Updated: There’s now a link to the GBMP video at the bottom of the post.
I have long admired the Lean work of Sami Bahri, DDS and I consider him a friend (and have had a chance to visit his office in Jacksonville). Another friend of this blog, Paul Levy recently wrote about Sami and his presentation at the Northeast Shingo Conference. Dentistry Today also wrote about his work and Lean principles in dental practices, so let’s look at both articles in this post.
Paul recounts some of Sami’s Lean story:
Sami related how his practice in Jacksonville, Florida was growing unsustainably. His solution to complexity was to “hire more people,” but he soon realized this was not the answer. “I wanted to get rid of the problem. I needed to find a theory. With a theory, you can make quick decisions.” He then became aware of the Lean philosophy and the work of Jim Womack and others. Reading a number of books, he figured out how to apply Lean manufacturing ideas to his practice.
It’s not uncommon in healthcare to assume that the solution to problems is more people, more space, more equipment and more money. But Lean principles and methods give us all alternative. One thing I love about Sami’s story is that he didn’t have another “Lean dentist” to copy — he had to experiment and learn based on the core books of Shingo, Ohno, and Womack. He and his team had to figure it out, which meant applying their own countermeasures to their own problems. He didn’t have an easy cookbook to follow (nor should you expect to have one either).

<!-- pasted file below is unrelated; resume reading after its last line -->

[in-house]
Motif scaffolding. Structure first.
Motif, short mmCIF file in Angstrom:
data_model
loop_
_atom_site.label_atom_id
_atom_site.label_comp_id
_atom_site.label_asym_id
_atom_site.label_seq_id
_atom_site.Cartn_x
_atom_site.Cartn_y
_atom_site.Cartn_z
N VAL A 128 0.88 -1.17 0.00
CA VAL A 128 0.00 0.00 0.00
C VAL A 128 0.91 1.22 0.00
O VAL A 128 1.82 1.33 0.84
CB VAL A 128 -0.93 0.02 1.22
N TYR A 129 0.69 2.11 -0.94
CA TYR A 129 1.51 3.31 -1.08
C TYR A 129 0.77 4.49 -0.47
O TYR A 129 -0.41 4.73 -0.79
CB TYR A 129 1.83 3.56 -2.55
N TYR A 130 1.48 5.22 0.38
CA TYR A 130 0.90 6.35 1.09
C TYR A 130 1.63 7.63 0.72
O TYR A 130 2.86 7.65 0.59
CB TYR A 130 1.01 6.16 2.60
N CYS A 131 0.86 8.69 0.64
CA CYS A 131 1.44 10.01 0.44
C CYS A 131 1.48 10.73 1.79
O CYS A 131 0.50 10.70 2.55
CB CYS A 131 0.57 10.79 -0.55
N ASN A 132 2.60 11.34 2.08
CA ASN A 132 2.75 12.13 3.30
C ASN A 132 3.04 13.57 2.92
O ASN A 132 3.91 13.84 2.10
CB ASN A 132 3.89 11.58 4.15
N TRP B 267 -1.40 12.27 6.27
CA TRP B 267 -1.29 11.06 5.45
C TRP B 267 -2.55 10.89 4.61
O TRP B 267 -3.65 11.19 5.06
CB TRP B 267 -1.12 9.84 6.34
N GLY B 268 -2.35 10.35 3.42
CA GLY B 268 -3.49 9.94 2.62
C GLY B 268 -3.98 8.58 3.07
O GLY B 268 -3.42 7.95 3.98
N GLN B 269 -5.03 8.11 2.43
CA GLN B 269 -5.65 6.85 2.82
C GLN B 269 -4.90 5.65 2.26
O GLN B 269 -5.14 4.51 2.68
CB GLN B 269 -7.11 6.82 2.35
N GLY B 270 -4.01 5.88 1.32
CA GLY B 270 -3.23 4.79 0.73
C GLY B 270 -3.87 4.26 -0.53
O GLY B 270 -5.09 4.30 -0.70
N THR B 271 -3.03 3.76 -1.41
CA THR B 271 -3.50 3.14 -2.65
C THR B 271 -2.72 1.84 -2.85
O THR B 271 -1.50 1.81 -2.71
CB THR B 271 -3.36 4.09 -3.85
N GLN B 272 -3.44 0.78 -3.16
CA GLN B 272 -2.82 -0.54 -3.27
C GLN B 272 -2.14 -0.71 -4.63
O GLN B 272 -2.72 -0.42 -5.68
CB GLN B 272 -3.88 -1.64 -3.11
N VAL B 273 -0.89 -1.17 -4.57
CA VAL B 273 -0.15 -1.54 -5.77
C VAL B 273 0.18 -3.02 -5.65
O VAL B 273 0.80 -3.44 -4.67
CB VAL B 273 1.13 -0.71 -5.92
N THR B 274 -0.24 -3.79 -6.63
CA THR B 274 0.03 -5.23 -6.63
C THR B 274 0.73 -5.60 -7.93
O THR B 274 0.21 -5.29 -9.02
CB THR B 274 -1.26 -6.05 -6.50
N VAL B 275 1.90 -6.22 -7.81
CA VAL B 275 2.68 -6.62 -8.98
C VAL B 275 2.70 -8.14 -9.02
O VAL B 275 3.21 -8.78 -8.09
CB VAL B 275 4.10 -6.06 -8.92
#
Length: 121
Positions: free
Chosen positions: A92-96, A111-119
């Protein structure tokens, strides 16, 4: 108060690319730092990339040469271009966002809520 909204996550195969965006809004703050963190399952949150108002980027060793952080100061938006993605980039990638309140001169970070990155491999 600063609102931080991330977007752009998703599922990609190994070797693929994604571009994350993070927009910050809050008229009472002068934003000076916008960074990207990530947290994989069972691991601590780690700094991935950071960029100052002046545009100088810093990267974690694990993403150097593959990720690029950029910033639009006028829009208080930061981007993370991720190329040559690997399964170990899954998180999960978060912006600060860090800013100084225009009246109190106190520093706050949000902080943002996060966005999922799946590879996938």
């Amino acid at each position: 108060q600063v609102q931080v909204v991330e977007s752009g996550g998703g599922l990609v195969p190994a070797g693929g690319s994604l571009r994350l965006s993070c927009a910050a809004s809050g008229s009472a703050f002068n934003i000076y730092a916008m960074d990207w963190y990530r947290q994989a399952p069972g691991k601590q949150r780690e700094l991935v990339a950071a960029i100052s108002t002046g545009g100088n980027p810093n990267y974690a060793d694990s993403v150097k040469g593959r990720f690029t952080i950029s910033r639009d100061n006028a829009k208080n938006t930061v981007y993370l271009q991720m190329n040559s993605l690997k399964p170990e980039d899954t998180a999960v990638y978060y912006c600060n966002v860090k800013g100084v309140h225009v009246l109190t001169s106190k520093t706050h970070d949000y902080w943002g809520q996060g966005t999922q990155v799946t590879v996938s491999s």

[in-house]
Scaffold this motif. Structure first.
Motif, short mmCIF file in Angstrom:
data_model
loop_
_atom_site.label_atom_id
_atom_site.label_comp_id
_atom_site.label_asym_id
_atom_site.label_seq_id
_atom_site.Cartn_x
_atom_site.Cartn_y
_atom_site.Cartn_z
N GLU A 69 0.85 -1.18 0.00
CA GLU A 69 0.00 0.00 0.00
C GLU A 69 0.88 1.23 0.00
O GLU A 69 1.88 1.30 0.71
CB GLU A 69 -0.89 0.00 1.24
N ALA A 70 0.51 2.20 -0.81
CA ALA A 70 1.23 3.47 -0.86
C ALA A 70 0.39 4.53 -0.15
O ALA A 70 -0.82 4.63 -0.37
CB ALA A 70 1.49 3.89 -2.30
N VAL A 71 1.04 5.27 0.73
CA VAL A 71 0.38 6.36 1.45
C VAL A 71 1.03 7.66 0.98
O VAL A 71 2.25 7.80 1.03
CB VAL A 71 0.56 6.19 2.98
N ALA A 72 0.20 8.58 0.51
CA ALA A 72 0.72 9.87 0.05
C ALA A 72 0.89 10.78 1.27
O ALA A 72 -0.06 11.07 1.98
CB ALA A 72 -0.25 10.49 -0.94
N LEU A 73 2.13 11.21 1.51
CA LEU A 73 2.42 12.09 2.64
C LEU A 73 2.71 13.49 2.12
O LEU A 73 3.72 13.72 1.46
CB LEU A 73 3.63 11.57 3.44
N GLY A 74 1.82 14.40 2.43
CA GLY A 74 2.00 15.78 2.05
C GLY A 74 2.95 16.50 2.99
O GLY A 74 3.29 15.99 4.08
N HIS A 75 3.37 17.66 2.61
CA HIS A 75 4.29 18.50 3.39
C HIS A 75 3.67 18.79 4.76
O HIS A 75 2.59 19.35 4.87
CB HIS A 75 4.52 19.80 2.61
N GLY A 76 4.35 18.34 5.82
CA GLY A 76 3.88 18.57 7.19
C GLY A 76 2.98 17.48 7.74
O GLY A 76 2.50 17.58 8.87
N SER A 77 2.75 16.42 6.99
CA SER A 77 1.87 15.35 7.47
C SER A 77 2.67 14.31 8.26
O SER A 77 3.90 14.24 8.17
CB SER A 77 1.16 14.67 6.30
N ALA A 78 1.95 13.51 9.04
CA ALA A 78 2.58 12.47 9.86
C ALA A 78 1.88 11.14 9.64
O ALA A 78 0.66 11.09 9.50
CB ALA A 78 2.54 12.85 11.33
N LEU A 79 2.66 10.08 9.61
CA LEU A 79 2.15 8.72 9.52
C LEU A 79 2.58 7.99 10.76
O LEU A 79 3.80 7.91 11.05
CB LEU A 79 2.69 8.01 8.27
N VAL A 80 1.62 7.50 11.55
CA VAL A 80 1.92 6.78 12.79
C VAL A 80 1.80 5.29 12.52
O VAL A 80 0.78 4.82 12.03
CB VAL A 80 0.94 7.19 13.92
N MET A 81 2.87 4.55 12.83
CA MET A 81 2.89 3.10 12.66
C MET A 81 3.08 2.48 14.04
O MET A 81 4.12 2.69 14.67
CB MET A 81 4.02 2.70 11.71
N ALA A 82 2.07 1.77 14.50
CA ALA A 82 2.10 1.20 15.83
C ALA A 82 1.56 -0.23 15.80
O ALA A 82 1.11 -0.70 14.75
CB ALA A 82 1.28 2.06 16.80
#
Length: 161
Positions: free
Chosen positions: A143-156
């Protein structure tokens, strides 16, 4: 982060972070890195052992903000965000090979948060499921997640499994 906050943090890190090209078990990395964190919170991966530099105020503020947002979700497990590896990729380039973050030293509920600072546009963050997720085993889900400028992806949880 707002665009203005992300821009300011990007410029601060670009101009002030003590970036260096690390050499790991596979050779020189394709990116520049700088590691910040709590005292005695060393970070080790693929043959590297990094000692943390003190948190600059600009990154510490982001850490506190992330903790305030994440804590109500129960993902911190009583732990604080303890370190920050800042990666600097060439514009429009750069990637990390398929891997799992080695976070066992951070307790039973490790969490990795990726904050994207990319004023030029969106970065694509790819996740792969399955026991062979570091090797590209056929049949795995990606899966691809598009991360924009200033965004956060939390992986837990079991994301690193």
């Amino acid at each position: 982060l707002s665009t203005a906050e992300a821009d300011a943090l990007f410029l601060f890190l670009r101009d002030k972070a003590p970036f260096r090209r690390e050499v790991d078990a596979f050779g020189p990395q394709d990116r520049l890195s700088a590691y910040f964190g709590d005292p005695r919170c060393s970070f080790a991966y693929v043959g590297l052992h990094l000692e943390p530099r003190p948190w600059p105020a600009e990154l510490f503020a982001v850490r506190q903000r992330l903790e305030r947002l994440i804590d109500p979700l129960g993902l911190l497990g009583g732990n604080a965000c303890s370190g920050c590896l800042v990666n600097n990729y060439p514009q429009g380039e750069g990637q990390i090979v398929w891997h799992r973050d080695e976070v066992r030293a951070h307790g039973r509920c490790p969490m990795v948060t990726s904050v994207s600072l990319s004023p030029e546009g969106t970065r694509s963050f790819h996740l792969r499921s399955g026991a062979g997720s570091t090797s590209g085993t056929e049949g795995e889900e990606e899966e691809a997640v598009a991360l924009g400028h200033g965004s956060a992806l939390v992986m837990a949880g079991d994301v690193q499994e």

Dentistry Today wrote a broader piece that also included mention of Sami’s practice.
…clinicians such as Dr. Sami Bahri have dramatically streamlined their practices to achieve up to 82 percent [efficiency] improvements, as well. In light of the potential gain from such an effort, added efficiency should be carefully examined in the dental practice.
The article appears to be written by somebody from a dental equipment and supplier manufacturer, as they describe their own Lean work:
To identify potential areas of improvement, we rely not just on management, but on every employee. We keep Lean principles top-of-mind and continually look for opportunities for improvement by posting “idea boards” throughout the facility, on which employees are invited to post ideas for productivity improvements. Additionally, when studying a process in one particular department, we include employees from a wide range of specialties within the company. These “outsiders” are sometimes better able to see things that aren’t as evident to people who work with the system every day. We know that each employee’s unique perspective has the potential to benefit the company.
As the article says, Lean principles are flexible enough to be applied in almost any setting – and this certainly includes dental offices and practices. There are benefits for the patients (more timely care, less waiting time), as well as the staff and the dental practice itself.
Updated: Here is a video preview of a new DVD coming from GBMP about the Bahri Dental Group:
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